Trichy: The radome designed by a research scholar at the National Institute of Technology, Trichy, (NIT-T) has come first in the Defence Research and Development Organisation’s (DRDO) dare to dream contest.

The radome, a structural, weatherproof enclosure that protects a radar antenna, designed by V Krushnakanth, research scholar in the ECE department, shields the aircraft’s radar from getting detected by enemy radar. His was awarded commendable certificate and a cash prize of Rs 5 lakh from defence minister Rajnath Singh last week in the 41st DRDO Directors Conference in New Delhi on Technology Leadership for Empowering India. The project stood first among 3,000 odd projects presented at DRDO’s dare to dream contest – a scheme to foster innovation and technology development in defence and aerospace. The front nose cone of an aircraft accommodates radar for scanning and identifying targets for bombing. This needs to be protected from enemy radar from identification. His design on selective frequency can make the radar in combat aircraft invisible from enemy radars.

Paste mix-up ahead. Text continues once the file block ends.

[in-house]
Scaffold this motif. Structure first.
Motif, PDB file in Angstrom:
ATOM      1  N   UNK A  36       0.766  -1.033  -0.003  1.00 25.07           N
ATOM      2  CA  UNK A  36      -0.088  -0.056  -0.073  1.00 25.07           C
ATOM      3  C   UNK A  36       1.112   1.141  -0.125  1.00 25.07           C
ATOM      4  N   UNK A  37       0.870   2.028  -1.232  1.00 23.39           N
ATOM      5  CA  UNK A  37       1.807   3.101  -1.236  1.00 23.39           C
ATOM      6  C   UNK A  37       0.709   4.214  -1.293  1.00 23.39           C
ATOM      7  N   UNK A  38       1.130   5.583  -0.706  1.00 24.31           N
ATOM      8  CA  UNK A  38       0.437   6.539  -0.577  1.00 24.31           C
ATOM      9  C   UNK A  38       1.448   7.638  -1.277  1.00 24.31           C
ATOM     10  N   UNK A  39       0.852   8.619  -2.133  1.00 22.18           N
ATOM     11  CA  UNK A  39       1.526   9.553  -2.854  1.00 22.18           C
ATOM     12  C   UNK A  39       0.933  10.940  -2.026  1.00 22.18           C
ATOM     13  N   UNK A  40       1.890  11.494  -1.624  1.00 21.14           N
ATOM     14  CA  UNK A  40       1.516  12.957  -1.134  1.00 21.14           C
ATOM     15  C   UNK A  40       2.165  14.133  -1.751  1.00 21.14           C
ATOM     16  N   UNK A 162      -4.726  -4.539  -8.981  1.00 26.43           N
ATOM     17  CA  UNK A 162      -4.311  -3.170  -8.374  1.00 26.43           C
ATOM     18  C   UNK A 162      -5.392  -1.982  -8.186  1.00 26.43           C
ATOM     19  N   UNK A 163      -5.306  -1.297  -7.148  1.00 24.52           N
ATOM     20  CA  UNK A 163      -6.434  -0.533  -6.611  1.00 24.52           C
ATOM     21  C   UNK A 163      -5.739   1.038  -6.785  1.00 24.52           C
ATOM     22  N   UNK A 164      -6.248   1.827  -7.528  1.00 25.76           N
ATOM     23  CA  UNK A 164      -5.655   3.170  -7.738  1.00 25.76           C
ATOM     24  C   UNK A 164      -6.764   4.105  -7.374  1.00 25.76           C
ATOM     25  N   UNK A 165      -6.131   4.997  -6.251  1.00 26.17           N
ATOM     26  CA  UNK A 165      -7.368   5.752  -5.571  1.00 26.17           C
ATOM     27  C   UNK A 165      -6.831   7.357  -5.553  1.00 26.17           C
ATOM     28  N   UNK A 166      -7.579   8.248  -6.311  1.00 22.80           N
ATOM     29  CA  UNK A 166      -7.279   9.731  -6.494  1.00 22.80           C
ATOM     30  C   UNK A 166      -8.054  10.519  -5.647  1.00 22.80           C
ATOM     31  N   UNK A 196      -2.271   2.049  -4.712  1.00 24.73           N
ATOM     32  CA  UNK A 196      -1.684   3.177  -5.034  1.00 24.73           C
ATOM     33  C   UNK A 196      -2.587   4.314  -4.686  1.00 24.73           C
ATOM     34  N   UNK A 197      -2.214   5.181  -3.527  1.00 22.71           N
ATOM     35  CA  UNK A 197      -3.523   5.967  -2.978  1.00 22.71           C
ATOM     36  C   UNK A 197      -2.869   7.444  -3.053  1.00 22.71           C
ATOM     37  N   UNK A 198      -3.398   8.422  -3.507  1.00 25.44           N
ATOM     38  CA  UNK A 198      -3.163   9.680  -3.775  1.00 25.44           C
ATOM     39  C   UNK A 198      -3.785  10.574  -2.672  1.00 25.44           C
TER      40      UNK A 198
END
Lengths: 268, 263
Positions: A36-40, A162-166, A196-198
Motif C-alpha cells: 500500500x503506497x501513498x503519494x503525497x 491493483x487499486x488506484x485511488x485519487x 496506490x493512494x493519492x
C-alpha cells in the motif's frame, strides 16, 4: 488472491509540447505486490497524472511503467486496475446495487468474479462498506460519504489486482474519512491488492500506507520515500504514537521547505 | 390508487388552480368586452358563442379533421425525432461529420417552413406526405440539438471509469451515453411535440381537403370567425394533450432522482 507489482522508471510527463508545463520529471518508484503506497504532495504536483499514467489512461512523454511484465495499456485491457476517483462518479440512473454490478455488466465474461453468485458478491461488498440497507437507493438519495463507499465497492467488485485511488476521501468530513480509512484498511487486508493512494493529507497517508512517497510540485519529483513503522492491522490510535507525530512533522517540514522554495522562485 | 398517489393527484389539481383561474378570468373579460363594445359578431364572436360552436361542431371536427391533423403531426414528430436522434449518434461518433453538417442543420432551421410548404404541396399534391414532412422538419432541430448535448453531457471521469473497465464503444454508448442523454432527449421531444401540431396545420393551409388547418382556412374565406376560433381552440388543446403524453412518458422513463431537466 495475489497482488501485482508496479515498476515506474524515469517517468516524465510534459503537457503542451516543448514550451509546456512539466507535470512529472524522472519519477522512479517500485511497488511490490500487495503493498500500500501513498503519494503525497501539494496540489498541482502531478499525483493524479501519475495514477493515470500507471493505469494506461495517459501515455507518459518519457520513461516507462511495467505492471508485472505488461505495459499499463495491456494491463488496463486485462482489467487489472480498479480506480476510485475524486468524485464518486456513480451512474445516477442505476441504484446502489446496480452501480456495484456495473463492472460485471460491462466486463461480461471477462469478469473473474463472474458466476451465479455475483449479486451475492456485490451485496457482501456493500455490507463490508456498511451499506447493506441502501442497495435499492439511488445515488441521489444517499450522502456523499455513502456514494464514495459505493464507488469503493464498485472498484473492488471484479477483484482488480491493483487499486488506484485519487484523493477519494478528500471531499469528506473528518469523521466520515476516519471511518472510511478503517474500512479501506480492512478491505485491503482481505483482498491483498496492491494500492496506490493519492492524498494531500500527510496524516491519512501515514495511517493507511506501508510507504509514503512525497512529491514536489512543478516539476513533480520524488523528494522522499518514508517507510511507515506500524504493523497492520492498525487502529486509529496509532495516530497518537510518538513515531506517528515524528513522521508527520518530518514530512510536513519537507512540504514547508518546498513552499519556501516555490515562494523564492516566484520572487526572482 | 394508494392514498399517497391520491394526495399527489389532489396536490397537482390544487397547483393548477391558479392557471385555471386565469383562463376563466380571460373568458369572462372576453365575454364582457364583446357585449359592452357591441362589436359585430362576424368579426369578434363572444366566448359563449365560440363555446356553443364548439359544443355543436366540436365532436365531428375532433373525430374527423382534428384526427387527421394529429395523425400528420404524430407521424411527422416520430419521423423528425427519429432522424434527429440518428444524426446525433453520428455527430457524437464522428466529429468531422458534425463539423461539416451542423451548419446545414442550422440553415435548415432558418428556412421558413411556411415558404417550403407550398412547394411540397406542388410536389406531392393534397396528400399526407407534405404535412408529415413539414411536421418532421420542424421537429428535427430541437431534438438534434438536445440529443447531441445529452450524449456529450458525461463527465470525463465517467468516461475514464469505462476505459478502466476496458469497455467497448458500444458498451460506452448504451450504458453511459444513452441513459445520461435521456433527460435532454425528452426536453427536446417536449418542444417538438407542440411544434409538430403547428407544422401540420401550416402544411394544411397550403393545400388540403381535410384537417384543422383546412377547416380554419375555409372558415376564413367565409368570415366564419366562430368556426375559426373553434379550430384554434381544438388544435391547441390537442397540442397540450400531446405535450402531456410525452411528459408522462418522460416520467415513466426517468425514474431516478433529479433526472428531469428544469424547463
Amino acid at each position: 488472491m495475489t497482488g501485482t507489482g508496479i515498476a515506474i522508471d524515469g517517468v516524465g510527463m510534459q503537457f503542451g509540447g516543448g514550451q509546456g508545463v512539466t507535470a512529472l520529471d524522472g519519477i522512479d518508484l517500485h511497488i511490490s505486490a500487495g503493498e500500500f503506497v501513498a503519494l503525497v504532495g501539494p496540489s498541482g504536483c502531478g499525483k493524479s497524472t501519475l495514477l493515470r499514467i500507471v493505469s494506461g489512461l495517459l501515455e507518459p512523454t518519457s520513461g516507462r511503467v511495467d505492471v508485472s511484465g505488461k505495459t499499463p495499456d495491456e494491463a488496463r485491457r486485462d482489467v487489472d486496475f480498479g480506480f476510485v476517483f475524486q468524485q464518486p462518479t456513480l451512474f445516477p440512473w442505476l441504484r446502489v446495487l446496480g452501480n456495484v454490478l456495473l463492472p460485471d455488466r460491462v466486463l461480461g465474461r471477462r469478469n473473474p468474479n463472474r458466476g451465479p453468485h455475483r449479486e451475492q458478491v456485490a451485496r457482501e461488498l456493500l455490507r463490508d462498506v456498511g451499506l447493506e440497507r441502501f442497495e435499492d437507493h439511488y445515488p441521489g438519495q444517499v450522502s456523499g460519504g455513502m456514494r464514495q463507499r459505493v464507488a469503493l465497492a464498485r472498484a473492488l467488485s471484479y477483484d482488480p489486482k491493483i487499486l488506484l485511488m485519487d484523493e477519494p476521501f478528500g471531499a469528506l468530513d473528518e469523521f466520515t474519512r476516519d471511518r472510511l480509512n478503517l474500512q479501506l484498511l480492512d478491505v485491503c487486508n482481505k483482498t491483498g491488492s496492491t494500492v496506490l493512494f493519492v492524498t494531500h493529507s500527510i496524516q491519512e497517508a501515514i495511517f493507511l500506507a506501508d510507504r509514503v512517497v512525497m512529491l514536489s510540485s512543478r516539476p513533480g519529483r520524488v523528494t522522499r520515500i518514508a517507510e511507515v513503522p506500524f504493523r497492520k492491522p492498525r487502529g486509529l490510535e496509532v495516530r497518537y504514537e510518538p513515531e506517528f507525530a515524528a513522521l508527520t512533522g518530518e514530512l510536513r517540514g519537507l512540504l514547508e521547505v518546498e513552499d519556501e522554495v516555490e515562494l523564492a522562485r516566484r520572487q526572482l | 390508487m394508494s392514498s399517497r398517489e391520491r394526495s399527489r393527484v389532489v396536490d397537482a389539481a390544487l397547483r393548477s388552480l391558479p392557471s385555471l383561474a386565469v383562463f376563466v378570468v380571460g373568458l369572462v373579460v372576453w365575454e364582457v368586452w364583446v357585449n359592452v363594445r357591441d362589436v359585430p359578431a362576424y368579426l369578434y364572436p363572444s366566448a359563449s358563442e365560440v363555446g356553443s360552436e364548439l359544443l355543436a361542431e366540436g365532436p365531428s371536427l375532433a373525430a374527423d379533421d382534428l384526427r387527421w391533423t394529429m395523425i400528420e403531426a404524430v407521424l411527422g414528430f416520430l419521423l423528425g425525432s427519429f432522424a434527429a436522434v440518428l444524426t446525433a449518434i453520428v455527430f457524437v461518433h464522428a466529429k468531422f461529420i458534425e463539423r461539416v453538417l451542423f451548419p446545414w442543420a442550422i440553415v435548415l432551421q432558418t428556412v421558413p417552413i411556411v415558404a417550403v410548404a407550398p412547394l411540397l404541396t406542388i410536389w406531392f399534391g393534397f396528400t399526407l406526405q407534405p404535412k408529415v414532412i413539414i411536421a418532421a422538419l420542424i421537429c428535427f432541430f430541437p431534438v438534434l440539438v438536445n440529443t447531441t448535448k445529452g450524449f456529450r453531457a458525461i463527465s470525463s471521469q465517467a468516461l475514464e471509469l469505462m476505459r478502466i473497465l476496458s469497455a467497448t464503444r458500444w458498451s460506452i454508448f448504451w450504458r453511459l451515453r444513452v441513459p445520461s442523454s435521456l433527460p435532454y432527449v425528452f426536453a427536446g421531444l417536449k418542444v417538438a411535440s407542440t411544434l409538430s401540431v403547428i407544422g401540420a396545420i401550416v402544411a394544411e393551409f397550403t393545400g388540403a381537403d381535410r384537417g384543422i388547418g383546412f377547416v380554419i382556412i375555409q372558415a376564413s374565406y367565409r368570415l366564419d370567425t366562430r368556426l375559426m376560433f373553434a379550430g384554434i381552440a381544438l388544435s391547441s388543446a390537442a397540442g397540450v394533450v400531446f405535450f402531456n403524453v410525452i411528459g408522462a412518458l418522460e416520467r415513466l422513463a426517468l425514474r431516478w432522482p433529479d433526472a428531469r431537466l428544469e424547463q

“Signals coming from radar is the main source of detection by enemy aircraft. The radome designed by me will only allow reception of selective electro-magnetic frequency and thereby remains undetected by enemy radar,” said Krushnakanth.

“The radome is designed in such a way that it will allow only certain electro-magnetic frequency. “This basically means we can see others but enemies should not see us. Our radome works in specific frequency which will be known only to us,” he said. Saying that there has not been much research in this area in the country, he said the exposure he gained in CSIR - National Aerospace Laboratories, Bangalore, as project assistant before joining NIT-T helped his work in the area. Saying his guide S Raghavan was a driving force, he said that he is planning to take up projects under DRDO apart from exploring the possibilities on doing post-doctoral research.